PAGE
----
White -- This is the basic white GSD. It is registered with the United Kennel Club as the White Shepherd. This breed is disqualified in the AKC conformation ring although it is allowed in other AKC performance events (such as Junior Showmanship, Obedience, etc.). It is not overangulated like the other American Show Shepherds.

Lapinporokoira (Lapland Reindeer Dog) -- developed by crossing the German Shepherd with the Collie and Lapphund. Bred to herd reindeer and is able to withstand bad weather conditions. This breed can do anything he is trained to do (it is extremely intelligent) and is the close companion of the Lapponian Herder. This breed is extremely adaptable to any circumstance.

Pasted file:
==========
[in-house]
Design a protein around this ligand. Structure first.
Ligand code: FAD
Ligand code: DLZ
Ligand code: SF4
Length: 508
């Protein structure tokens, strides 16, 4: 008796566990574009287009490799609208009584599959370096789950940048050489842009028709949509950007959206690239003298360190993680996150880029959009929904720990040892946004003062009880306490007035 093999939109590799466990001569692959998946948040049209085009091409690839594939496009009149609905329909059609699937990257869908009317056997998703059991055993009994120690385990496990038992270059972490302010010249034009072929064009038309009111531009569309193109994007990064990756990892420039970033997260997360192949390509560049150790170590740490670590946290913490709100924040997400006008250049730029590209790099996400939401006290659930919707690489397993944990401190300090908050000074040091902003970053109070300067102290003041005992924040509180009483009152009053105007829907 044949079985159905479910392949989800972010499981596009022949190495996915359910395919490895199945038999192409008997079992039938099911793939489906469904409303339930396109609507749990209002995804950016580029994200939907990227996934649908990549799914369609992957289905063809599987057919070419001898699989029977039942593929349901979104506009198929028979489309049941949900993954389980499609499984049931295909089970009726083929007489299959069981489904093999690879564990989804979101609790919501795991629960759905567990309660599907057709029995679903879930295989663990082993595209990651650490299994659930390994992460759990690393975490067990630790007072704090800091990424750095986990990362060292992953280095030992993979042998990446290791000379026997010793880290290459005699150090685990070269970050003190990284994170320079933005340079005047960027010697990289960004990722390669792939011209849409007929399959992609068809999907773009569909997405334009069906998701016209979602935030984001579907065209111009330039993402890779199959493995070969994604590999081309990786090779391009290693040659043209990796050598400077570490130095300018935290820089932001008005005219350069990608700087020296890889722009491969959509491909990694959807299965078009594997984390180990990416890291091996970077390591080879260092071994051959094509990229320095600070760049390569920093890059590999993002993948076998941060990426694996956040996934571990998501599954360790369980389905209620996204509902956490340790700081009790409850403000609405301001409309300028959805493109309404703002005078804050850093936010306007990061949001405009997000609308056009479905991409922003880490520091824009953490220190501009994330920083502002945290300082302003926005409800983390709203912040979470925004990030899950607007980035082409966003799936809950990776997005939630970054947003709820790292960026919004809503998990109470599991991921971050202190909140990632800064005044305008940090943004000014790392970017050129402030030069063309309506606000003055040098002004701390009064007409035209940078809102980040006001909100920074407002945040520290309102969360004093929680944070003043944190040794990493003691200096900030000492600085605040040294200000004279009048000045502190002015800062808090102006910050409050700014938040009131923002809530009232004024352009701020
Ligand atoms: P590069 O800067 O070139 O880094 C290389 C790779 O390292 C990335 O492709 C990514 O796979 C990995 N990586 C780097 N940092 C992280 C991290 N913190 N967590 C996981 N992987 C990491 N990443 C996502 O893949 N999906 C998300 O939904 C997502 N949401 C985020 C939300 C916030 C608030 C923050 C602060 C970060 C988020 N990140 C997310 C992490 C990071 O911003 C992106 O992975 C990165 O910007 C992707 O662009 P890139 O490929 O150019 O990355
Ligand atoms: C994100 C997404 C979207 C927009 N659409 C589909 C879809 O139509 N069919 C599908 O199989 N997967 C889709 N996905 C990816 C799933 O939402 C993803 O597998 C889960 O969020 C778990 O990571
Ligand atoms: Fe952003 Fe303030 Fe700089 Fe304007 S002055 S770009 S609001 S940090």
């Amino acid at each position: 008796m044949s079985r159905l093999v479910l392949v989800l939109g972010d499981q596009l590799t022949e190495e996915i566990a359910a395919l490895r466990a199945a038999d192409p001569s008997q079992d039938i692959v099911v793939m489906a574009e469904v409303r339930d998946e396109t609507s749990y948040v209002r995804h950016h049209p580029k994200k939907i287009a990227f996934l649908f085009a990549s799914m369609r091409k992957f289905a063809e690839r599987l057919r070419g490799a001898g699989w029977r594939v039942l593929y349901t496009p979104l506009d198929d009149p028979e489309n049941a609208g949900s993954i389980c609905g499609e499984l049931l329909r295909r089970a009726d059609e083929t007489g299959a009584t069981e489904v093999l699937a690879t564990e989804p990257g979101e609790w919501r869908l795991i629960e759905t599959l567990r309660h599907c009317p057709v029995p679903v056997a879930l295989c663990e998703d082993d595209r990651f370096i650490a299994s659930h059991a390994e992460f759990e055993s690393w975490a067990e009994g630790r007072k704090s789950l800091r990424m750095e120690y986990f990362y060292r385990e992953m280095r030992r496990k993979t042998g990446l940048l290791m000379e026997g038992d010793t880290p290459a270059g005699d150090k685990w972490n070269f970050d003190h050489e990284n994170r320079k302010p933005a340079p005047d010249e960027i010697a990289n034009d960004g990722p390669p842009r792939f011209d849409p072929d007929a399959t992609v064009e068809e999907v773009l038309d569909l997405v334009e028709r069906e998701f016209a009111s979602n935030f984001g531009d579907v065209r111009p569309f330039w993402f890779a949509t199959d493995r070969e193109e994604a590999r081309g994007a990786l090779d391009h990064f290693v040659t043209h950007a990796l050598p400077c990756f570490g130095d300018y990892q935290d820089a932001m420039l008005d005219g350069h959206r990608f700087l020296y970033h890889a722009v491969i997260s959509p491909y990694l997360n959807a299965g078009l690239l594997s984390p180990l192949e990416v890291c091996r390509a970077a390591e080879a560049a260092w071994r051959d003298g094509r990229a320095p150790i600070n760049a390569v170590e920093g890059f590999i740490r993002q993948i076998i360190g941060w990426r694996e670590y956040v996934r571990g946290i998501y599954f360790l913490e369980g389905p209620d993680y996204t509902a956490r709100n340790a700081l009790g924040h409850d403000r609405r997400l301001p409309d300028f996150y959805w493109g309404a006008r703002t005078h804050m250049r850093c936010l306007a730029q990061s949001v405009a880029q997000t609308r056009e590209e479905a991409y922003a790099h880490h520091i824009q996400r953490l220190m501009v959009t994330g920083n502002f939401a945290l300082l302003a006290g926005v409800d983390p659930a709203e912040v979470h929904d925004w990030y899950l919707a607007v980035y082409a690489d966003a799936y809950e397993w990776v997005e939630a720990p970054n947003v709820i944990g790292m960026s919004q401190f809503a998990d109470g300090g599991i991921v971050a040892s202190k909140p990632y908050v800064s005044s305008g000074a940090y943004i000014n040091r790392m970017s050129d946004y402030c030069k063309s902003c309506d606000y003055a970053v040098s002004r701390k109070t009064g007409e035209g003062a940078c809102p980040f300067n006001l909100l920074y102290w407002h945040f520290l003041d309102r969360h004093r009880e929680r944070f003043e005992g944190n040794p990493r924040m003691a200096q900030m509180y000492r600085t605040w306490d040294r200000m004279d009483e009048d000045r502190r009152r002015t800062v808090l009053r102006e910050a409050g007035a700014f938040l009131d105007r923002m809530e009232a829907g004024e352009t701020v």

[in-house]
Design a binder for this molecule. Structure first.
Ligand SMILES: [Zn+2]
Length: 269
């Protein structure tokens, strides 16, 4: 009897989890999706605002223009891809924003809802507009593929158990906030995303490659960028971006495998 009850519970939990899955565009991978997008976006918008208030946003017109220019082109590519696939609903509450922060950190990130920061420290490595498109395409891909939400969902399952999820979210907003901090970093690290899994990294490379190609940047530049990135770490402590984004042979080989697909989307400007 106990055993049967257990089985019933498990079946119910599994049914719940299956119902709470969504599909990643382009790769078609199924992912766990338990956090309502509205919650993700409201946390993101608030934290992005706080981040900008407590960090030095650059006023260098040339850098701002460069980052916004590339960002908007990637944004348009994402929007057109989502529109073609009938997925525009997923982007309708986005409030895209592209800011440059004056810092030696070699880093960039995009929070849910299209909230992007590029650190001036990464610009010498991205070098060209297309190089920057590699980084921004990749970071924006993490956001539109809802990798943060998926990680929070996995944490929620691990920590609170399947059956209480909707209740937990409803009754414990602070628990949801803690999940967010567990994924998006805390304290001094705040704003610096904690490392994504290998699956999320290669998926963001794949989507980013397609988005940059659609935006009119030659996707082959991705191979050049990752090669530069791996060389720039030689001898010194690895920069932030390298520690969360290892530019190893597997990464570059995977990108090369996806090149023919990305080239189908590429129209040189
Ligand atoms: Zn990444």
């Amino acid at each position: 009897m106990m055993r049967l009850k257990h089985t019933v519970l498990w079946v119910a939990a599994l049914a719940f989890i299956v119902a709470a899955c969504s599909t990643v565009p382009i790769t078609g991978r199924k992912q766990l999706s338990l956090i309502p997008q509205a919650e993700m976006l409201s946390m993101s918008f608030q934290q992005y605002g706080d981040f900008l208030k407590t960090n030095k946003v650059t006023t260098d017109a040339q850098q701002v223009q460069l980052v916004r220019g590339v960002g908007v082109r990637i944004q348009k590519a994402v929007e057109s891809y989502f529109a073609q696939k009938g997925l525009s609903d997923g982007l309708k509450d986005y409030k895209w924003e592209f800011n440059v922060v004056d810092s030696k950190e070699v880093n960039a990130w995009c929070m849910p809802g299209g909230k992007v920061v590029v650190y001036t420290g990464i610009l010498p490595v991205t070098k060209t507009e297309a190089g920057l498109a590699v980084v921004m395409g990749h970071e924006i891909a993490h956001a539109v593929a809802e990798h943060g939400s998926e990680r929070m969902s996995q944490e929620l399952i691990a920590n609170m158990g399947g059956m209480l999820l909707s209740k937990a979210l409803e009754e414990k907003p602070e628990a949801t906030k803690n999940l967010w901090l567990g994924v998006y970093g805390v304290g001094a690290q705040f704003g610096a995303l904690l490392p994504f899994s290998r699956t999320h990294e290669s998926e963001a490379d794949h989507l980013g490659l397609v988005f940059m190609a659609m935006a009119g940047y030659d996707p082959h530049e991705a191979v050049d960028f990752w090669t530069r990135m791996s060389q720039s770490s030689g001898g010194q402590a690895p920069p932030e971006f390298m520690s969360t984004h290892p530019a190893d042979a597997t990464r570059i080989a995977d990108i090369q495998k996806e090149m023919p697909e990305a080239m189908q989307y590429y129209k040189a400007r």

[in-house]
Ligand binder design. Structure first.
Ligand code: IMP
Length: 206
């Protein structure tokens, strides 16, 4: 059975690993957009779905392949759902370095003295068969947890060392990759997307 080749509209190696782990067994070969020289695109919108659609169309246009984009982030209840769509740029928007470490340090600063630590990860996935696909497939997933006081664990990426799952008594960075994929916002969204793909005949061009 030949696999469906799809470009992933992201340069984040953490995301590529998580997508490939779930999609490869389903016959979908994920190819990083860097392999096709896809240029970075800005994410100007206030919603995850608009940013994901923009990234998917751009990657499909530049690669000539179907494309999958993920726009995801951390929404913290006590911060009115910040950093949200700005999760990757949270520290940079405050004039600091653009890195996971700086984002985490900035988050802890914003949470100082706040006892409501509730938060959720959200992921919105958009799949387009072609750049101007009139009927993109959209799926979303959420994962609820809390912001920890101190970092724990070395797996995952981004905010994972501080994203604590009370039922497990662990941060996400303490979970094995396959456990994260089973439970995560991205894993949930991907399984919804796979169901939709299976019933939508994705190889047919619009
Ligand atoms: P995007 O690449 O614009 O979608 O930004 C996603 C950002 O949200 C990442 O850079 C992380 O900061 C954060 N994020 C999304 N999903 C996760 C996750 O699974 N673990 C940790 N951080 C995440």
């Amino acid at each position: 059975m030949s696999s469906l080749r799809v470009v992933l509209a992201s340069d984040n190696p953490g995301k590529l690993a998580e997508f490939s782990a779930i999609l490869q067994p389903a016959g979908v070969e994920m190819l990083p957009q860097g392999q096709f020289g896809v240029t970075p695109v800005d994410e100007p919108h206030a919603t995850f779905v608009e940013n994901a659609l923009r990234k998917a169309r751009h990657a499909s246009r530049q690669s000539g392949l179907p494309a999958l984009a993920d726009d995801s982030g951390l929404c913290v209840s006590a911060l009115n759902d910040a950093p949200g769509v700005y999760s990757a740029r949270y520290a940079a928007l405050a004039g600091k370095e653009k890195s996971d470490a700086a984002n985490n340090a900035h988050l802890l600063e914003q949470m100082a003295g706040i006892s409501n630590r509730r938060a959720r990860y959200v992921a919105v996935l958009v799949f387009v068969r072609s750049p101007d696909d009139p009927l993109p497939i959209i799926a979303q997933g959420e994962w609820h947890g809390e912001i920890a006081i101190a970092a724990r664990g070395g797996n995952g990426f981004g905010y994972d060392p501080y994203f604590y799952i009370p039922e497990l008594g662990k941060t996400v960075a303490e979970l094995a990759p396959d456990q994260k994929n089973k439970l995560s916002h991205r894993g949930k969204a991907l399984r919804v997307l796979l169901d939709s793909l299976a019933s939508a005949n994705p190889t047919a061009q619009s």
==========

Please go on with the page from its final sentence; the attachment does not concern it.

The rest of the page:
Saarlooswolfhond-- This is basically a wolf hybrid. It was developed by crossing a German Shepherd with a zoo-kept wolf in 1921 to try to improve the GSD's trainability. They used the Canadian Timber Wolf (which is pack oriented) rather than the Carpathian Wolf (which is solitary). Some were unsuccessfully used for police service work. It is rarely seen outside of Holland. It's temperament is more like a wolf than a dog. This includes an intense
pack instinct, tendency towards shyness, and a need to roam.

Czech Wolfdog-- This is another wolf hybrid. It was created in 1958 by crossing a GSD and a Carpathian wolf at a police dog breeding station. The temperament of this hybrid is suspicious of yet friendly towards  humans (this is typical behavior of wolf hybrids as they are confused, in other words they have the suspiciousness of wolves yet
the friendliness towards humans of dogs). They were commonly used as Czech army dogs and border patrol dogs.
"SCHUTZHUND" -- What's it all about?
by: Janice L. Hastings